There has been a good deal of postelection discussion of the role that "moral values" played in the outcome of last fall’s national elections. At Friends Committee on National Legislation’s annual meeting last November, members of the General Committee were clear that Friends must reclaim moral values from those who would use them for their own political purposes. Friends also must actively proclaim that our values are "based on Jesus’ message of peace, forgiveness, and justice, and his call to give succor to
the poor, the helpless, the scapegoated, and the outcast."
I have attended the FCNL annual meeting for at least a dozen years, first as a representative to the General Committee, later as a committee member and volunteer, and since July 2003 as an FCNL staff member. Over the years I have been consistently impressed with the nonpartisan discourse that has characterized these meetings. I have rarely heard gratuitous partisan comments about particular members of Congress or the shortcomings of the administration from the podium or floor of the meeting.
But what would be the feeling this time, so soon after such divisive national elections? Many of those who came to annual meeting in November had been deeply engaged in preelection registration and get-out-the-vote activities, and with political campaigns. These people were disheartened that all their efforts had been for naught and that we now face a deepening quagmire in Iraq, an endless "war on terrorism," and the continued neglect of many important domestic programs. Coming together allowed these Friends to vent their frustrations, and also to be encouraged and supported by others of like mind.
FCNL has lobbied on Capitol Hill for more than 60 years, and many of those attending the meeting have been actively engaged with the organization for years if not decades. They know that the legislative issues on which FCNL lobbies, like nuclear disarmament and reduced military spending, will not be changed in one election cycle. They recognize that this is not the time to give up in despair.
Friends attending the 2004 annual meeting affirmed, through a minute approved during the session, that FCNL’s work is rooted in moral values. It is Friends’ belief in these values that allows all of us to continue to move forward even in these bleak times. Articulating these values will enable us to engage in constructive dialogue with our neighbors and our members of Congress; with "followers of all faiths, traditions, and beliefs; and with those whose primary concern is the ‘security’ of our nation."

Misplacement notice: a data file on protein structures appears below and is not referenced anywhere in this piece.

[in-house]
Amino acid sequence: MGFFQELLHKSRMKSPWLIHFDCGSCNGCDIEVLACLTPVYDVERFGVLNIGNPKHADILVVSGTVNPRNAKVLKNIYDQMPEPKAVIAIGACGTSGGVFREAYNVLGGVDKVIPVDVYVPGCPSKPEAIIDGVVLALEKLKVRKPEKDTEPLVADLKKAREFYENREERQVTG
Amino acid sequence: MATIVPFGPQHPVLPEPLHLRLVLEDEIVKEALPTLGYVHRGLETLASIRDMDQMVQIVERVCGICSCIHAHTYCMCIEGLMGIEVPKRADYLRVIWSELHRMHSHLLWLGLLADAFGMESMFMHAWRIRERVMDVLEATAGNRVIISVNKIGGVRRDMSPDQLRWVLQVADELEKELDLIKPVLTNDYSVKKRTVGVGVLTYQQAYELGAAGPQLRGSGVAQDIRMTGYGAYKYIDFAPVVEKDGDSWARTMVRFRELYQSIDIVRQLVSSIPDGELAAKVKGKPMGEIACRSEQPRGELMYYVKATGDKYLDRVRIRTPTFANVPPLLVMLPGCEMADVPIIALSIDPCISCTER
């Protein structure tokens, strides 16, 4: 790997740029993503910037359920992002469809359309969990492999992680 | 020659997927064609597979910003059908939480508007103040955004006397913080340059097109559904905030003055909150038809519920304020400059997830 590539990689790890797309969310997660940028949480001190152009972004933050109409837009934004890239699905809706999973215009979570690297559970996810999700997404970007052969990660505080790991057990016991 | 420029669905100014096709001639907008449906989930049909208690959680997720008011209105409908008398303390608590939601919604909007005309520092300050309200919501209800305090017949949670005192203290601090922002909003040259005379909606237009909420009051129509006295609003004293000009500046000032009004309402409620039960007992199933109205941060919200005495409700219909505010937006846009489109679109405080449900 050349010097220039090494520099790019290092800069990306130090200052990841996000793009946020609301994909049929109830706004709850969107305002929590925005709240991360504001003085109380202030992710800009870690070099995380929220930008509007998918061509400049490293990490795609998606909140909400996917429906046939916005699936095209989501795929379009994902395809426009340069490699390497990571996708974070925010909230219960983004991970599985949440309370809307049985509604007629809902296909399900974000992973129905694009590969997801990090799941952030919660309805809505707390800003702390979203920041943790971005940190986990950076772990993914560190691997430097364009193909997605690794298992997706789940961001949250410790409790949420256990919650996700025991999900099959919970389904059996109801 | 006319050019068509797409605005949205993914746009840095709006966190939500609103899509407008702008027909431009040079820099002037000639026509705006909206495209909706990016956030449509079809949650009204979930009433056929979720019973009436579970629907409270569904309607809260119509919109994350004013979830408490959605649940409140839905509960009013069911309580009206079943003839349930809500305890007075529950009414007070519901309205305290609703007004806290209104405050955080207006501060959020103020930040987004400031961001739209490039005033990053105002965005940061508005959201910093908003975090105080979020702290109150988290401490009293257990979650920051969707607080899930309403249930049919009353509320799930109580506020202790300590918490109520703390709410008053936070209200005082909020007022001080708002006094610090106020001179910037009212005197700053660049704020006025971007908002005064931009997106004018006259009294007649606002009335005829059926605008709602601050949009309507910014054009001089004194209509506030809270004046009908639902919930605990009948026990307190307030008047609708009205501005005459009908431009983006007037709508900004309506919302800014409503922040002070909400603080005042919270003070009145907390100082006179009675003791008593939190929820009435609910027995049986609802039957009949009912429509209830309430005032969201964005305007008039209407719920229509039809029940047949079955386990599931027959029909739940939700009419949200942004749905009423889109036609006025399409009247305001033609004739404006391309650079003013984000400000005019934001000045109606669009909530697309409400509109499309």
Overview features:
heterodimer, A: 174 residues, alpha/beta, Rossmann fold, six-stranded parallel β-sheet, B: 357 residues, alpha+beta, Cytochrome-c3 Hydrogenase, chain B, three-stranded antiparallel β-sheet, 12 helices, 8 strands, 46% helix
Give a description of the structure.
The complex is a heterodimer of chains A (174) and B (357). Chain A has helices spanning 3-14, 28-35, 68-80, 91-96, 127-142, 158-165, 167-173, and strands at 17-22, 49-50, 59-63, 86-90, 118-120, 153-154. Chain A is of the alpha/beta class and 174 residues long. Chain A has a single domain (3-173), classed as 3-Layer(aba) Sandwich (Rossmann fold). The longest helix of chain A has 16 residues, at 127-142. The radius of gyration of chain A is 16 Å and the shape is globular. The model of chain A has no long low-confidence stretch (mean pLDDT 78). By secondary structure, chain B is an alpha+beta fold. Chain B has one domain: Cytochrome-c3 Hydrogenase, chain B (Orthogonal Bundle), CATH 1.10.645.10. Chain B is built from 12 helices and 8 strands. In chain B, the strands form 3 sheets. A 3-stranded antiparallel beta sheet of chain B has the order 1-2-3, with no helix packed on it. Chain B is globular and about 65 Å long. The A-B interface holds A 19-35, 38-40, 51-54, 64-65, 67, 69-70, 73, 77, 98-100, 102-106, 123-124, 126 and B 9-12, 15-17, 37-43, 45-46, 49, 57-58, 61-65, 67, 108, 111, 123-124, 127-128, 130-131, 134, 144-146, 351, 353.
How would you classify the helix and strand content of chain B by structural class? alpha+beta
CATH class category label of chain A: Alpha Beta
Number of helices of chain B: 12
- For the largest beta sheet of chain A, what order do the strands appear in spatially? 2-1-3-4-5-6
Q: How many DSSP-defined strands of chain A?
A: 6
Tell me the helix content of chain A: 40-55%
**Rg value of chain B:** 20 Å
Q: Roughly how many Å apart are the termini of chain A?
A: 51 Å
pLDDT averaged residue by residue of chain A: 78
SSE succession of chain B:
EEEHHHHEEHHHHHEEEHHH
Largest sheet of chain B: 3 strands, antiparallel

At the meeting, Friends also approved FCNL’s legislative priorities for the 109th Congress. As a nonpartisan Quaker lobby organization, FCNL "seeks to bring the religious experience of Friends to bear on public policy decisions." It witnesses "to God’s love for every person by sounding a clear voice for truth and peace, bringing forward alternatives to violence, and working for justice."
The priorities statement is, in effect, the staff and committee work plan for the next two years. It draws on input solicited from Friends meetings and churches around the country—this time involving 150 meetings and churches. The priorities typically address broad policy areas, giving the staff latitude to lobby for or against particular legislation as it comes before Congress. With the worsening situation in Iraq, the General Committee felt it was important to include specific language calling for the removal of all U.S. military forces and bases from Iraq while fulfilling "U.S. moral and legal obligations to reconstruct
Iraq through appropriate multinational, national, and Iraqi agencies." Unless and until the United States makes clear that it has no long-term interest in occupying Iraq, it cannot "win" this seemingly intractable war.
In the last few months, and particularly since the election, I have come to understand that while it is a small organization compared with the many deep-pocketed lobby groups on Capitol Hill, FCNL has significant strength. That strength is based on the recognition by staff and supporters that they are in this work for the long haul, and that the work is grounded in the moral values of Friends.
Both the FCNL legislative priorities for the 109th Congress and the minute on moral values are posted on the FCNL website at http://www.fcnl.org.